This afternoon I sat down with a student for a piano lesson, and she said, "This song isn't very good." She sounded discouraged and disappointed in herself. This sweet 14 year-old has been my student for 6 years, and she started high school a month ago. She's rowing crew every day except Sunday, and busy as she's ever been. So she's finding it hard to squeeze in practice time during the week.

So I listened to her song ("The Return" from Faber Book 4), and it was a bit rough, sounded like she hadn't been spending regular time with the music. So I focused her attention on correct fingering in the B section. She practiced the right hand about four times, then the left and then put them together. Then we backed up to the beginning of the B section, practiced hands separately and then together. In the course of about ten minutes, it was much cleaner, more accurate and musical. Then we talked about the process she had walked through so she could do the same thing to the A section. In seven minutes, she had repeated the process independently.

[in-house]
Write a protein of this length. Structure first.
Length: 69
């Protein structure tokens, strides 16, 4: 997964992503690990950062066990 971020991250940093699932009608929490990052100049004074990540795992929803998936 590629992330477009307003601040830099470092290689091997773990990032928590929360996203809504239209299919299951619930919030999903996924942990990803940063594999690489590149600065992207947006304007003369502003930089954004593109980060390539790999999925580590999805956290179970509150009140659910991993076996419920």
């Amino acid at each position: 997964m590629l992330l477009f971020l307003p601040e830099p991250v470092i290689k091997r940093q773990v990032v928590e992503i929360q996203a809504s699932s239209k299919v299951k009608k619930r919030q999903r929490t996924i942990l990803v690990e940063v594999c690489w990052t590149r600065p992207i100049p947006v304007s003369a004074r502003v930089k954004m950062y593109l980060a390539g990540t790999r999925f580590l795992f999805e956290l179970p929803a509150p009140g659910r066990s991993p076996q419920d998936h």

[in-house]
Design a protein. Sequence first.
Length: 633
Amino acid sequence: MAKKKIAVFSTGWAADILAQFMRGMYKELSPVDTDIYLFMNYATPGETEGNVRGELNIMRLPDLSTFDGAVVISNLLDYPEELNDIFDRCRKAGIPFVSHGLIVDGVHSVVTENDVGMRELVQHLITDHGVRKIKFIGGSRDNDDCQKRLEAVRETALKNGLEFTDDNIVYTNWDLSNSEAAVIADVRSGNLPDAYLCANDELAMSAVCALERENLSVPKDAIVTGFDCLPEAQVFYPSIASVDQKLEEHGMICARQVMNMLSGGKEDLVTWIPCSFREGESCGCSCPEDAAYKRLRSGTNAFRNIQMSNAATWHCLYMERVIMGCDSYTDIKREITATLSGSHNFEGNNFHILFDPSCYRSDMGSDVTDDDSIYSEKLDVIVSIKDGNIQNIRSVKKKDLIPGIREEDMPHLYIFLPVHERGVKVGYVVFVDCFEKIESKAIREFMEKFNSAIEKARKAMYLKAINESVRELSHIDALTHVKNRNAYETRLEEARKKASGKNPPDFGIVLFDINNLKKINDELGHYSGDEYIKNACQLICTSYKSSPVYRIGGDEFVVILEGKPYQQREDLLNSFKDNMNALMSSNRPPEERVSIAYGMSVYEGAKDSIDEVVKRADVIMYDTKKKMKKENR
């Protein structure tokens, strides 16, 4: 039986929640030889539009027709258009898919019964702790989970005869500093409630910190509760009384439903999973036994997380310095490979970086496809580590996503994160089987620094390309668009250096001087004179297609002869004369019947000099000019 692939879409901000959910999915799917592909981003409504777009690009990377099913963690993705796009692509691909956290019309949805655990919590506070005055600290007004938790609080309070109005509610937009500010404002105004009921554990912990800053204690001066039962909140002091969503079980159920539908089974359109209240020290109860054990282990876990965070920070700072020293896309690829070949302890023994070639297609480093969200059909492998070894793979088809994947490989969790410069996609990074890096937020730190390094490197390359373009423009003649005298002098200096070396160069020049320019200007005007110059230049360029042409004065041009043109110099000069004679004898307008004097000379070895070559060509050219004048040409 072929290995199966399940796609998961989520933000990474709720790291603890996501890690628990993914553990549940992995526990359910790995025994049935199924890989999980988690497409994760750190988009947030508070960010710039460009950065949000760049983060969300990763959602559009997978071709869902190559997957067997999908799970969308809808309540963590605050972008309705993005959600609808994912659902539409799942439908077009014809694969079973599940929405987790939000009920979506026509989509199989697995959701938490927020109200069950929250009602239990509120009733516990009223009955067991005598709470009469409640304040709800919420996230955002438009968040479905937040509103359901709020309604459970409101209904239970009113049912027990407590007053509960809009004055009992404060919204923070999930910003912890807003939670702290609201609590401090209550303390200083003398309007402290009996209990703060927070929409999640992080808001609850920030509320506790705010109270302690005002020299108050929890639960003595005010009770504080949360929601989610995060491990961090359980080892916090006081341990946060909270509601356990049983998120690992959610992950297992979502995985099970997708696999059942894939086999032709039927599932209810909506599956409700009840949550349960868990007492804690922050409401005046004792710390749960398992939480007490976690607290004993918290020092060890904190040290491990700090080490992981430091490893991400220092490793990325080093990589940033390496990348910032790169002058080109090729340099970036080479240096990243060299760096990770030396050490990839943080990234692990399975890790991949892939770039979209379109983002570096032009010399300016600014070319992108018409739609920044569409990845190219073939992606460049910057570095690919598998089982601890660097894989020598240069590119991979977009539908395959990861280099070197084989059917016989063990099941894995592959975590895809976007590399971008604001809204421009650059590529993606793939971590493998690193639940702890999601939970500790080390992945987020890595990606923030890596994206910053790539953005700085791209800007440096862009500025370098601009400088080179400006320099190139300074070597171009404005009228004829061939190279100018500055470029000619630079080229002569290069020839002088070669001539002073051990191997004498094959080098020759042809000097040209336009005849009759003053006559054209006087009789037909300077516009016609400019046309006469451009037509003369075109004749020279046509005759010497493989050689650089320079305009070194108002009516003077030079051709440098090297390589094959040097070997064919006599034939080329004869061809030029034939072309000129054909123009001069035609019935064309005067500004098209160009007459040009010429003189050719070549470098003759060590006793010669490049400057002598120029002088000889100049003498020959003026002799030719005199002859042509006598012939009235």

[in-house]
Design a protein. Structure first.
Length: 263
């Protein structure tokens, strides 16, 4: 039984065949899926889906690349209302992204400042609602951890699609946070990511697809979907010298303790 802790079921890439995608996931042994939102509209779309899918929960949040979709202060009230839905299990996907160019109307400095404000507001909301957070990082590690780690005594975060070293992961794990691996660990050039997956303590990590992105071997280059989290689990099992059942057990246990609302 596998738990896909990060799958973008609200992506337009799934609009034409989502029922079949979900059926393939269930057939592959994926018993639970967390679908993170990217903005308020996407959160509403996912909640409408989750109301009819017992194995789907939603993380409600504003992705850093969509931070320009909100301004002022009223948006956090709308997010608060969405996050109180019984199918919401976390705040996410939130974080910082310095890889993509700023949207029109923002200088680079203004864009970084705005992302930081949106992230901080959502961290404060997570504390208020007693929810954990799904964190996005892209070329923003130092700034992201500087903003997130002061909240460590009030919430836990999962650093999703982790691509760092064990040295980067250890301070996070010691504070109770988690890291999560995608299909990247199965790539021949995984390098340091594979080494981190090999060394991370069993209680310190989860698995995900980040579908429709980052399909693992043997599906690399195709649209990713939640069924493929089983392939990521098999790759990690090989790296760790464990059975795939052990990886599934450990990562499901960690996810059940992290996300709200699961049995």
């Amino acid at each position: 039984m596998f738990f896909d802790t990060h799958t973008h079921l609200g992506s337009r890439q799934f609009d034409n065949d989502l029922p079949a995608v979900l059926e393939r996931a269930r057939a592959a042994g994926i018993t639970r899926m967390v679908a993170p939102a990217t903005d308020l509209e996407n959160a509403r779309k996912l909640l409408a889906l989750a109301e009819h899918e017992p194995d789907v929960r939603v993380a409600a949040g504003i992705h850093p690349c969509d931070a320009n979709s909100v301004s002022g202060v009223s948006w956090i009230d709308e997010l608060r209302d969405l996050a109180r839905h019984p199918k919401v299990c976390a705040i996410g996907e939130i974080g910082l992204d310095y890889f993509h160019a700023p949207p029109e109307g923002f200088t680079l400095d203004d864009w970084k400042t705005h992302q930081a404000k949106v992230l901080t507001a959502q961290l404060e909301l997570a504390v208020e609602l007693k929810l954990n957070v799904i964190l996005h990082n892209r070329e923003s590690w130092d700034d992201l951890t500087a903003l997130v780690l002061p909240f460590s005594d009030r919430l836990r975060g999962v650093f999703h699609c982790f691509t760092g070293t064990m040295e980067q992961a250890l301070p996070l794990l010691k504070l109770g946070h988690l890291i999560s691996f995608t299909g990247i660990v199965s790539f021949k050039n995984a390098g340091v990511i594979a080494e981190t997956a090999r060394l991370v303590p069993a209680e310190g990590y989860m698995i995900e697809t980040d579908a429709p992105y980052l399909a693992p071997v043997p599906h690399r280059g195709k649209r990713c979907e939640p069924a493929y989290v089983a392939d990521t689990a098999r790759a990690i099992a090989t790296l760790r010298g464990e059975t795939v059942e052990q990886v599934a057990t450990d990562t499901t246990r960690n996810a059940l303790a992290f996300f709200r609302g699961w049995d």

What happens so often is that students repeat an entire song, without taking notice of what exactly makes the song difficult. More often than not, it's not the whole piece, just a small part of it. In this case, there were 4 measures out 16 that needed extra attention. I told her to find 7 minutes daily to work on something small, like one section of a song. Yes, I'd prefer 30 minutes for an intermediate piano student, but I'll take seven over none.  It's a time that we need to be realistic about together, and I'm just finding a way to support this special young lady's music in a season of new, exciting beginnings. 

"Don't practice until you get it right. Practice until you can't get it wrong."

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